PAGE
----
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The discovery of oil in Uganda in 2006 ushered in an oil-age era with new prospects of unforeseen riches. However, after an initial exploration boom developments stalled. Unlike other countries with major oil discoveries, Uganda has been slow in developing its oil. In fact, over ten years after the first discoveries, there is still no oil. During the time of the research for this book between 2012 and 2015, Uganda’s oil had not yet fully materialised but was becoming. The overarching characteristic of this research project was waiting for the big changes to come: a waiting characterised by indeterminacy. There is a timeline but every year it gets expanded and in 2018 having oil still seems to belong to an uncertain future. This book looks at the waiting period as a time of not-yet-ness and describes the practices of future- and resource-making in Uganda. How did Ugandans handle the new resource wealth and how did they imagine their future with oil to be? This ethnography is concerned with Uganda’s oil and the way Ugandans anticipated different futures with it: promising futures of wealth and development and disturbing futures of destruction and suffering. The book works out how uncertainty was an underlying feature of these anticipations and how risks and risk discourses shaped the imaginations of possible futures. Much of the talk around the oil involved the dichotomy of blessing or curse and it was not clear, which one the oil would be. Rather than adding another assessment of what the future with oil will be like, this book describes the predictions and prophesies as an essential part of how resources are being made. This ethnography shows how various actors in Uganda, from the state, the oil industry, the civil society, and the extractive communities, have tried to negotiate their position in the oil arena. Annika Witte argues in this book that by establishing their risks and using them as power resources actors can influence the becoming of oil as a resource and their own place in a petro-future. The book offers one of the first ethnographic accounts of Uganda’s oil and the negotiations that took place in an oil state to be.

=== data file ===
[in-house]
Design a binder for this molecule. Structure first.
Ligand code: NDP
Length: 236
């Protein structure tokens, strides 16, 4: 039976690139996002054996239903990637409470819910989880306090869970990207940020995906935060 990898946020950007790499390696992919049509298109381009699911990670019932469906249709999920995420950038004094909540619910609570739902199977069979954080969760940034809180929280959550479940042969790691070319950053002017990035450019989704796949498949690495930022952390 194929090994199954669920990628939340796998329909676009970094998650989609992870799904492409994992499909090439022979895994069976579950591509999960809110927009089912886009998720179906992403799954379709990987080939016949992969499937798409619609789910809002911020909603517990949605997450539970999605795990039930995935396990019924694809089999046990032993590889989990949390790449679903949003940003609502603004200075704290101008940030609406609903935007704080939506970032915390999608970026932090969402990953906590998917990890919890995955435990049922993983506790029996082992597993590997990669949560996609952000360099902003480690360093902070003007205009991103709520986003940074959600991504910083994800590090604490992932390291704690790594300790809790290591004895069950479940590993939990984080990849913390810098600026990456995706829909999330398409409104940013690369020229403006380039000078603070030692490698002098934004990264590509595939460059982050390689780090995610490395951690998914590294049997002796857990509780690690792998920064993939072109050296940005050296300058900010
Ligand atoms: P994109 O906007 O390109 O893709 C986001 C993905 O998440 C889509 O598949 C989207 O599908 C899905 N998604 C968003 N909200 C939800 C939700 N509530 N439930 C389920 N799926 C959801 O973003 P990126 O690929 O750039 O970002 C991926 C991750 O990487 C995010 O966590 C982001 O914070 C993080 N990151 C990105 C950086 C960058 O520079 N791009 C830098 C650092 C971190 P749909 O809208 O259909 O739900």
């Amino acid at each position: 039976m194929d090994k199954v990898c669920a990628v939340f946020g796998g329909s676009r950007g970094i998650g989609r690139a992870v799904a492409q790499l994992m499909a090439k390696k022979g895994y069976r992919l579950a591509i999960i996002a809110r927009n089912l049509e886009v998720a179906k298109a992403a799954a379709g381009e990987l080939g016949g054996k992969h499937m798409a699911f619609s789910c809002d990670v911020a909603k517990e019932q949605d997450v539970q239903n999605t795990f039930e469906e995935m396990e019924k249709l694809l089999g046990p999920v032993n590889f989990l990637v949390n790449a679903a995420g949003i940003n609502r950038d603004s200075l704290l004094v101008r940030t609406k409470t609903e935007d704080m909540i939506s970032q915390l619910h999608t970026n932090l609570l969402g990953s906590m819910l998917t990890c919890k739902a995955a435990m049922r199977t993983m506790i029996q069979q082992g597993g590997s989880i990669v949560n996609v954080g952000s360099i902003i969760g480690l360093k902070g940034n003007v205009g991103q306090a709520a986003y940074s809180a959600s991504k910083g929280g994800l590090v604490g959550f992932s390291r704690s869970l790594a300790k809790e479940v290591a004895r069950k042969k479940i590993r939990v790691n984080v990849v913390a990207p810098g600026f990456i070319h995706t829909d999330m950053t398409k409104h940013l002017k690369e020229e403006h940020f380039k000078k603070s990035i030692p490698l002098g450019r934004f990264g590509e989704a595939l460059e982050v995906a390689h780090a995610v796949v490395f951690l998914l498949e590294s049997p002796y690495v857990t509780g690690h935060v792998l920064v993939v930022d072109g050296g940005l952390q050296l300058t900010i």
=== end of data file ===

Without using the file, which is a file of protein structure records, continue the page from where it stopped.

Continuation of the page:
Keywords

Uganda --- oil --- ethnography

Lak Chang: A reconstruction of Tai identity in Daikong

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ISBN: 9781921536397 Year: Pages: 181 DOI: 10.26530/OAPEN_459351 Language: English
Publisher: ANU Press
Subject: Sociology
Added to DOAB on : 2012-06-14 11:46:24
License: ANU Press

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The Thai—Yunnan Project is proud to present this English-language version of Professor Yos Santasombat’s fascinating ethnography of the Tai in Daikong, southwestern China. It represents a significant contribution to the ethnographic record of the Tai peoples. The village of Lak Chang is located close to the edge of the Tai world and is increasingly embraced by Chinese influence. Professor Yos skilfully weaves ethnographic and historical writing to chart the course of Lak Chang’s incorporation into the modern Chinese state. This has been a painful history but what emerges in this account is a sense of Tai cultural identity that is vigorous and adaptive.&#xD;&#xD;“The Tai ethnic category is thus a complex and dynamic construct which takes place within the context of changing power relations and socio-economic conditions where the past is reconstructed to give meaning to the present and hope for the future.”&#xD;&#xD;In his account of the labours, rituals and beliefs of the Tai villagers of Daikong, Professor Yos brings contemporary ethnic identity to their life. Among the patchwork paddyfields and haphazard laneways of Lak Chang we come to a greater understanding of how global and regional processes of modernisation are managed and selectively incorporated by one local community.

Keywords

yunnan province --- tai --- ethnography --- china